KUALA LUMPUR - Despite the arrest of a senior operative of the Somalia-based al-Shabab group in Selangor, the government's threat assessment of the al-Qaeda-linked outfit is that it has an "unsuccessful footing" in the country, and it has neither set up training camps nor carried out terror missions.
However, a major concern is that intelligence agencies have detected at least another five al-Shabab members, who had entered Malaysia under the guise of furthering their studies.
Intelligence and security agencies were on high alert, tracking down the five suspects and determining their real motive for being in the country, a source told the New Straits Times.
However, the cell group has yet to enforce its ideology, primarily because of its small membership, a number of whom had entered Malaysia using student and social visit passes. Some of them have even married local women.
In Taiping, Home Minister Datuk Seri Dr Ahmad Zahid Hamidi, in outlining the threat assessment, said: "We will sniff them out and investigate every one of them.
"We will ensure that Malaysia does not serve as a training 'nest' for any militant group.
"As I have said before, Malaysia is free from these terrorists, but we will not compromise any form of militancy.
"The authorities will go all out to track down each and every member of the group."
Zahid, who was speaking to reporters after inspecting the Kamunting Correctional Centre here yesterday, was commenting on the arrest of the suspect in a special operation on Thursday.
The 34-year-old East African man is high on Interpol's Red Notice wanted list for alleged terrorism-related activities.
Al-Shabab had linked itself to al-Qaeda in 2012 as a cell group.
However, the arrest is unrelated to the Counter-Terrorism Unit's (CTU) detention of 11 local suspects to assist investigations into their alleged associations with terrorism-linked activities.
Congratulating Bukit Aman's federal CTU over the arrest, Zahid said as a follow-up to it, police had been instructed to carry out further surveillance on the group.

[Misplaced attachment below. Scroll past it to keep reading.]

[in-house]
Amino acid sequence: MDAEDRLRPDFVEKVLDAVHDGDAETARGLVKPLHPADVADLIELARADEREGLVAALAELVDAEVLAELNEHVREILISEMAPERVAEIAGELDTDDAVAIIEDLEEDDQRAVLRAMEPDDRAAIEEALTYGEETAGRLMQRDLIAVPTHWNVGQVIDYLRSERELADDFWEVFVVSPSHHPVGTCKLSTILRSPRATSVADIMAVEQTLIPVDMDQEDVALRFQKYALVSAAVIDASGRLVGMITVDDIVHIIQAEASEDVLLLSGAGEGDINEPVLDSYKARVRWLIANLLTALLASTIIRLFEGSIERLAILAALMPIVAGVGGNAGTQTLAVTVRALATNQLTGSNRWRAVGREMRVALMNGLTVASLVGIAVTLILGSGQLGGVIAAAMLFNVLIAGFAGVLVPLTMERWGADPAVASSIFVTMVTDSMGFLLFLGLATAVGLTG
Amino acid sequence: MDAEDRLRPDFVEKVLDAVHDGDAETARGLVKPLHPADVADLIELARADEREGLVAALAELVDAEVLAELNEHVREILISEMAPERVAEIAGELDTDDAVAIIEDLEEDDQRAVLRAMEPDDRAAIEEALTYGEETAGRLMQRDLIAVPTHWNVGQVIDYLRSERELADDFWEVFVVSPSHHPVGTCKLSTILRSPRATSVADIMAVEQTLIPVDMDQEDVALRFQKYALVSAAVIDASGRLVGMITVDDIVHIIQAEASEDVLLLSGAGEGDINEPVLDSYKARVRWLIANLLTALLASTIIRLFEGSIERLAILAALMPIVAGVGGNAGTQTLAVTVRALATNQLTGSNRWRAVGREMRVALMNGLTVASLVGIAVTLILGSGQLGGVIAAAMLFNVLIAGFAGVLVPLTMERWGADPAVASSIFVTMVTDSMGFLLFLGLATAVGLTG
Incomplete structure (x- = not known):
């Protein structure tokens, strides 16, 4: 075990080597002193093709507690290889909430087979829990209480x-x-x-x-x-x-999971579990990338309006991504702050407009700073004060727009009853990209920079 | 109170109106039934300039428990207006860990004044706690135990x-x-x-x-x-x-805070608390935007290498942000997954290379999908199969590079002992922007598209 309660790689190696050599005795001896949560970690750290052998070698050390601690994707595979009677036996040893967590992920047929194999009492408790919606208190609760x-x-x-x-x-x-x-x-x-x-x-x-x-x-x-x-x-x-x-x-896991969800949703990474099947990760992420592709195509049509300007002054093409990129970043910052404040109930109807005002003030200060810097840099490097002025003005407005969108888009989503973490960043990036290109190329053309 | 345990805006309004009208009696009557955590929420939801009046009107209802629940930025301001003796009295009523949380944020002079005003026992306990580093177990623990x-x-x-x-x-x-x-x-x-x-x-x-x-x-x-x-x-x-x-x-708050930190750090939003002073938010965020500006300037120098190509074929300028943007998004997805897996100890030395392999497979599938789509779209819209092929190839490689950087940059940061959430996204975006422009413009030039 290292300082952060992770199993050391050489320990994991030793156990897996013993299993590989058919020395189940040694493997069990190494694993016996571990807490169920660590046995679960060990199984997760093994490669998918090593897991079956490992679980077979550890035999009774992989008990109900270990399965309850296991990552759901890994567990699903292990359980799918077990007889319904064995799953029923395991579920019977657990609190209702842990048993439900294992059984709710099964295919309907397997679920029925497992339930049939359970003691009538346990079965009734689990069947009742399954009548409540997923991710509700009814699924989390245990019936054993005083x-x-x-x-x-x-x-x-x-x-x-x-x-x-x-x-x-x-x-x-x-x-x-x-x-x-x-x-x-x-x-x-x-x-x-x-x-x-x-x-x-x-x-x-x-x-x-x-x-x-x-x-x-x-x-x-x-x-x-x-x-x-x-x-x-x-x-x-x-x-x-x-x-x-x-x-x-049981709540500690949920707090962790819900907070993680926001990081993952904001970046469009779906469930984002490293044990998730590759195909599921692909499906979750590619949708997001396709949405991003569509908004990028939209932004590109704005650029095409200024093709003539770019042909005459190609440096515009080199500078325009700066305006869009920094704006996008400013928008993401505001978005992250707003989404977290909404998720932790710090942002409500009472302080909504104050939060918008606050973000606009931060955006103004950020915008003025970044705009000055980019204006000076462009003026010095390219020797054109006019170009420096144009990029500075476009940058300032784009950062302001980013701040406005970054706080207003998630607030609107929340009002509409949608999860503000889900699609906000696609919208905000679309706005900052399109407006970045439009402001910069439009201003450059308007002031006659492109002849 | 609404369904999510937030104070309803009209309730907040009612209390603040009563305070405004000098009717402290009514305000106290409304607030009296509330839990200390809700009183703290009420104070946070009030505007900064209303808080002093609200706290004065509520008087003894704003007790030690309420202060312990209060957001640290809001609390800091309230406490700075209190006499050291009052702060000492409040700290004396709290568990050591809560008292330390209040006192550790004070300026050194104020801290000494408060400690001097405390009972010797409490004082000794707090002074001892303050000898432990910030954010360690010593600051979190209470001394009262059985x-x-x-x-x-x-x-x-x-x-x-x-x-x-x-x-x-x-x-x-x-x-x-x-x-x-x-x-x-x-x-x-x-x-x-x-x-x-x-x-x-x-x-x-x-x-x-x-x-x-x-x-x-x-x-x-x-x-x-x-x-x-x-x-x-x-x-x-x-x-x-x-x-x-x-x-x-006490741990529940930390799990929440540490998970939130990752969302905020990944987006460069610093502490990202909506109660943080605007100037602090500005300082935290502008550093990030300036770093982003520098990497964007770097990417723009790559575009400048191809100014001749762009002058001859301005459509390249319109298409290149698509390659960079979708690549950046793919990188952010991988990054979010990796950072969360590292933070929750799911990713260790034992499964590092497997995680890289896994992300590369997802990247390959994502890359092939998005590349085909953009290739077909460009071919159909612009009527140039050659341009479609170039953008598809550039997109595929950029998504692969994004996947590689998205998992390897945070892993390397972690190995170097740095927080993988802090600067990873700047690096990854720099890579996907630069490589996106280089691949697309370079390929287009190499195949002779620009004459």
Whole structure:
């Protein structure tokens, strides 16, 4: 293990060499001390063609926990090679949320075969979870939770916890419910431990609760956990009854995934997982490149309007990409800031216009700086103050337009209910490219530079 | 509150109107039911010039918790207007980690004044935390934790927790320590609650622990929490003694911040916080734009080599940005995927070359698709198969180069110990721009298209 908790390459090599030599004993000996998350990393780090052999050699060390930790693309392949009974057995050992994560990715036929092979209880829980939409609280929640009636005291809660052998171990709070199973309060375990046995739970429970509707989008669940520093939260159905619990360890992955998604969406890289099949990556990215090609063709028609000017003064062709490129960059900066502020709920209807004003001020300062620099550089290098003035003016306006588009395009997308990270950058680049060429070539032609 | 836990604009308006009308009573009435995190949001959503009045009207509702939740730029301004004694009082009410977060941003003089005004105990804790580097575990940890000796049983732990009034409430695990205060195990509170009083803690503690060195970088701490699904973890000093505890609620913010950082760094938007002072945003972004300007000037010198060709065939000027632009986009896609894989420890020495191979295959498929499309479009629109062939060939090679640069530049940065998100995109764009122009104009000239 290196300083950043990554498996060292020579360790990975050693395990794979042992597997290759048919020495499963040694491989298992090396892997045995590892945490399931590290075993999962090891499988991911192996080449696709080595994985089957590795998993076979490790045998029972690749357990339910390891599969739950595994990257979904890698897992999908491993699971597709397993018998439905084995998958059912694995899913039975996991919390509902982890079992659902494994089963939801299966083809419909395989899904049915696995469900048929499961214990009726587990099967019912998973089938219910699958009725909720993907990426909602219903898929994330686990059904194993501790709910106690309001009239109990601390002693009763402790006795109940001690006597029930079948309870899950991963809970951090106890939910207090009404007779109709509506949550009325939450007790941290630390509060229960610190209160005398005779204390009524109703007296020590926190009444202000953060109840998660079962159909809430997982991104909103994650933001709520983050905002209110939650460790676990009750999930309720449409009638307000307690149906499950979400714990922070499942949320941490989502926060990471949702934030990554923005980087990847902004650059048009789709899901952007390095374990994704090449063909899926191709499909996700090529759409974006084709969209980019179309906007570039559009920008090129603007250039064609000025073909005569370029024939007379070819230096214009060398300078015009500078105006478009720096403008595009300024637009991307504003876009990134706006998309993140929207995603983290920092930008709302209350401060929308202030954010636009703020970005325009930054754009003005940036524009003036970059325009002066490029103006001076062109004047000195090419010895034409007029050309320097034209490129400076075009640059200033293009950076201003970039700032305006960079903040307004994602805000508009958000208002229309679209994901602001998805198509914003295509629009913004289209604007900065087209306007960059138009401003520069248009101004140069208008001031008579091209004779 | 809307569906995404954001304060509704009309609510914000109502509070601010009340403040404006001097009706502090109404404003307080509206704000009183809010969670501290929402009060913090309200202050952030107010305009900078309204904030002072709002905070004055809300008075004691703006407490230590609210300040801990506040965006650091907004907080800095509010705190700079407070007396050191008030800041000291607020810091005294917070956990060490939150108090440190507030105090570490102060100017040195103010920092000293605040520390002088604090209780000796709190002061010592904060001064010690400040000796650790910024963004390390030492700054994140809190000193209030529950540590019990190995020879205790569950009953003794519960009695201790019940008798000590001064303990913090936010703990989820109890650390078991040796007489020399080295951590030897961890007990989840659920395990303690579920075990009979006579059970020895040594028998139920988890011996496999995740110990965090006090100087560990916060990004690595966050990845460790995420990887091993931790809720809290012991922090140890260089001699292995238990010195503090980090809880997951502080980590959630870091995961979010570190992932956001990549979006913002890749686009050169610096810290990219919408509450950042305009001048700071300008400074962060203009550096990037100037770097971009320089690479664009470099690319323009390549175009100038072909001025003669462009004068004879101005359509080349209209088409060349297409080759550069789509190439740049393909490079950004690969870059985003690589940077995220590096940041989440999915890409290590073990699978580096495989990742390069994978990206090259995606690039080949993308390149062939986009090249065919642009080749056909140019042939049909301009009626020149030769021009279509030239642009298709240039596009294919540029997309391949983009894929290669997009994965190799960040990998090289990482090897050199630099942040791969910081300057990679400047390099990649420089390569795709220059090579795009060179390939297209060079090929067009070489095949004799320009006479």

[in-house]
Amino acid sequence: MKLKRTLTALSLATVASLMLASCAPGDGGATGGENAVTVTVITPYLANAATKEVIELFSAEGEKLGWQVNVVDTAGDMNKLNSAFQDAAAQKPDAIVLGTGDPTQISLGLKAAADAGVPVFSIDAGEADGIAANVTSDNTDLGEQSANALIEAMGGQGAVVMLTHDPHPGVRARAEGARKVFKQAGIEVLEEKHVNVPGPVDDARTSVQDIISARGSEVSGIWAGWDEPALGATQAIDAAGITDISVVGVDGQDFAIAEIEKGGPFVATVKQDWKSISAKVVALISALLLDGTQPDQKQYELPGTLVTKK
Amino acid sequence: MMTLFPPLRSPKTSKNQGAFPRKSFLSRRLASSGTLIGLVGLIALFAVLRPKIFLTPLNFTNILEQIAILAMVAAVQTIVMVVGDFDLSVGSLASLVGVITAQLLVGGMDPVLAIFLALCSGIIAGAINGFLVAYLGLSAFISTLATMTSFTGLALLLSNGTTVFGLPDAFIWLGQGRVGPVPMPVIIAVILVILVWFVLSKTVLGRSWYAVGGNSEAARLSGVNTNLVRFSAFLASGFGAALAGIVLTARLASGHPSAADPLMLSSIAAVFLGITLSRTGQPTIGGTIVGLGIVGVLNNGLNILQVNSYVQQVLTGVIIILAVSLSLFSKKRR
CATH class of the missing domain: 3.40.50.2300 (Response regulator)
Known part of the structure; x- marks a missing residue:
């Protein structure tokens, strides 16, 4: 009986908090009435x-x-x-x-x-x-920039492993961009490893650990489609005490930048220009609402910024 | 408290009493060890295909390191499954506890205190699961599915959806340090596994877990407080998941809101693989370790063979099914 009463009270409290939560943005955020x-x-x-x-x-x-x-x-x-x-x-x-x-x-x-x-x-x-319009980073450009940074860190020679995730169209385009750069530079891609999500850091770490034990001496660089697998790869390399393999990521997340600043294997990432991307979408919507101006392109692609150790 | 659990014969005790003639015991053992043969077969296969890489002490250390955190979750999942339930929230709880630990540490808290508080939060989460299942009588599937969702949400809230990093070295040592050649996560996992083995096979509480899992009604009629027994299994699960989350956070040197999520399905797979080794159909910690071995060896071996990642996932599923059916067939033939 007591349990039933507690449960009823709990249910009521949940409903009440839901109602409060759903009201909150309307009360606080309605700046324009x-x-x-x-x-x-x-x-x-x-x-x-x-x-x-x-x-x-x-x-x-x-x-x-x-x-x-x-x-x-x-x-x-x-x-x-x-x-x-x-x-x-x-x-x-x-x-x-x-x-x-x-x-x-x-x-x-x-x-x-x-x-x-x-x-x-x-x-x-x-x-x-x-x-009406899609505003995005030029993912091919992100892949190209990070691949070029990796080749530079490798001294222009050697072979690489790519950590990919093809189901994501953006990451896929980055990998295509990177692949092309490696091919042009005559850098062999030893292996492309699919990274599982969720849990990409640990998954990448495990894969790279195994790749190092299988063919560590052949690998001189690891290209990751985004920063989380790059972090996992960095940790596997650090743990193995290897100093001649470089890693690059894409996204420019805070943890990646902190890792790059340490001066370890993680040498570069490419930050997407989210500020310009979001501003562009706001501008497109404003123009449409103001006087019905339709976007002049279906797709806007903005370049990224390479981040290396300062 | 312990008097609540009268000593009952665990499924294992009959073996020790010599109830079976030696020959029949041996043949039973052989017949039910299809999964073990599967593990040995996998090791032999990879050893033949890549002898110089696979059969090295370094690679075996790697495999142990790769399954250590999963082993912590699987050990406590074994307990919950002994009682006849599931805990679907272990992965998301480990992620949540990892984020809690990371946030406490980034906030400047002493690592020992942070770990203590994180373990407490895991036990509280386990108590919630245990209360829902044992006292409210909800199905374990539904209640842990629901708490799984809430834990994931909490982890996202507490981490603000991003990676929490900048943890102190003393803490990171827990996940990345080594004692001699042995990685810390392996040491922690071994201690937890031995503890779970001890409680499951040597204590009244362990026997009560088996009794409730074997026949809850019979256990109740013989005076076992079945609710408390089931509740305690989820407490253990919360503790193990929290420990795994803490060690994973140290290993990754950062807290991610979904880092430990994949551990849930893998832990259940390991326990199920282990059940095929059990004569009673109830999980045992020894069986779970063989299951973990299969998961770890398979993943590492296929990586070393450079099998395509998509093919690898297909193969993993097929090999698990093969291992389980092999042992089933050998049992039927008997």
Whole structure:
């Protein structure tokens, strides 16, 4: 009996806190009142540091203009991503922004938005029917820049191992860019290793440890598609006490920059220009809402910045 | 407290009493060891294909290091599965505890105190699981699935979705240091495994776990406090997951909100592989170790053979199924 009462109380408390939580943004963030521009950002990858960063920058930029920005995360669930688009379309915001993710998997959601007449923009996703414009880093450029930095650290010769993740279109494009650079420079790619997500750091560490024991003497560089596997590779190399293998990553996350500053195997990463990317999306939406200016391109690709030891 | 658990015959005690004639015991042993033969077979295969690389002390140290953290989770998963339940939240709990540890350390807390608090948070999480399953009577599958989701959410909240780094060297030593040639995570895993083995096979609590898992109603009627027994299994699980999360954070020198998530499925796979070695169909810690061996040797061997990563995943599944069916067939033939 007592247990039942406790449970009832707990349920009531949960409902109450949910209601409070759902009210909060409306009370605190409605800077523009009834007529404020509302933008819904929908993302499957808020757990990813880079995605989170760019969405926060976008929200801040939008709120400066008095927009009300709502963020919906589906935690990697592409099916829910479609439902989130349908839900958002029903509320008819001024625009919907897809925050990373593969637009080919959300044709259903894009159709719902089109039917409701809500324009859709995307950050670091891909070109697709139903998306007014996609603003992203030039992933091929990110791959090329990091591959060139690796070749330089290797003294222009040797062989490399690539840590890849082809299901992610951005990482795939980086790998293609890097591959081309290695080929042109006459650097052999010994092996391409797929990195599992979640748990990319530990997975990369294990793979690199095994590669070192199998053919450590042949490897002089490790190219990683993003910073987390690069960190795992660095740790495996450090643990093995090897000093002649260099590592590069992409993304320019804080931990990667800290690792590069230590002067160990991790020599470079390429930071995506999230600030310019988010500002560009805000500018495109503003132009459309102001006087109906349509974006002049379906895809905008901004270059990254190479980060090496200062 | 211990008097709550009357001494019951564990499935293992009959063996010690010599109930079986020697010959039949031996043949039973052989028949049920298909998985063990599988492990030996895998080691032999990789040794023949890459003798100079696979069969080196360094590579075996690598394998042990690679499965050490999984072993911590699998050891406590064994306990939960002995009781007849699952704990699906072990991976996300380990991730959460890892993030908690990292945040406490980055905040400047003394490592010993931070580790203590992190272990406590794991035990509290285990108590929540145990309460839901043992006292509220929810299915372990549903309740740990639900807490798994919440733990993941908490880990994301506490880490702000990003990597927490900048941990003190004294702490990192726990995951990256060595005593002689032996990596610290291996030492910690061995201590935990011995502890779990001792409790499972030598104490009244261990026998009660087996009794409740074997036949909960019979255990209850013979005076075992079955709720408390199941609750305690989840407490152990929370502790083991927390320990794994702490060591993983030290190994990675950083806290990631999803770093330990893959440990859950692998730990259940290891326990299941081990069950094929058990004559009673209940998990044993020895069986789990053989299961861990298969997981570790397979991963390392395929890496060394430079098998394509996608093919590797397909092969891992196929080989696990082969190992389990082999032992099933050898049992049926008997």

"We are looking for other members, who are in hiding.
"Interrogation is ongoing. More information is being gathered."
The suspect, identified as a key member of al-Shabab and placed on Interpol's wanted list for alleged involvement in militant activities in East Africa, was found to not be in possession of any weapons after he was detained by CTU in the operation, which was carried out in an undisclosed location.
Following surveillance and intelligence gathering, investigators are looking into the possibility of a terror strike on Malaysian soil.
Deputy Inspector-General of Police Datuk Seri Mohd Bakri Zinin said the suspect was alleged to have committed an offence under Chapter VI A (terrorism-related offences) of the Penal Code and would be investigated under the Security Offences (Special Measures) Act 2012.
The source said the suspect had claimed that he was in the country to further his studies.
While the arrested suspect's movements and links are being investigated, the authorities do not have strong evidence to charge the other five suspects in court.
The source said several suspected members of al-Shabab had left Malaysia recently, adding that those who were still in the country were being closely monitored.
It is suspected that more members might be arriving in the country soon.
"In the past, terror suspects were easily detained under the Internal Security Act," said the source.
"But after the law was repealed, the most that intelligence agencies can do is put (suspects) under close surveillance."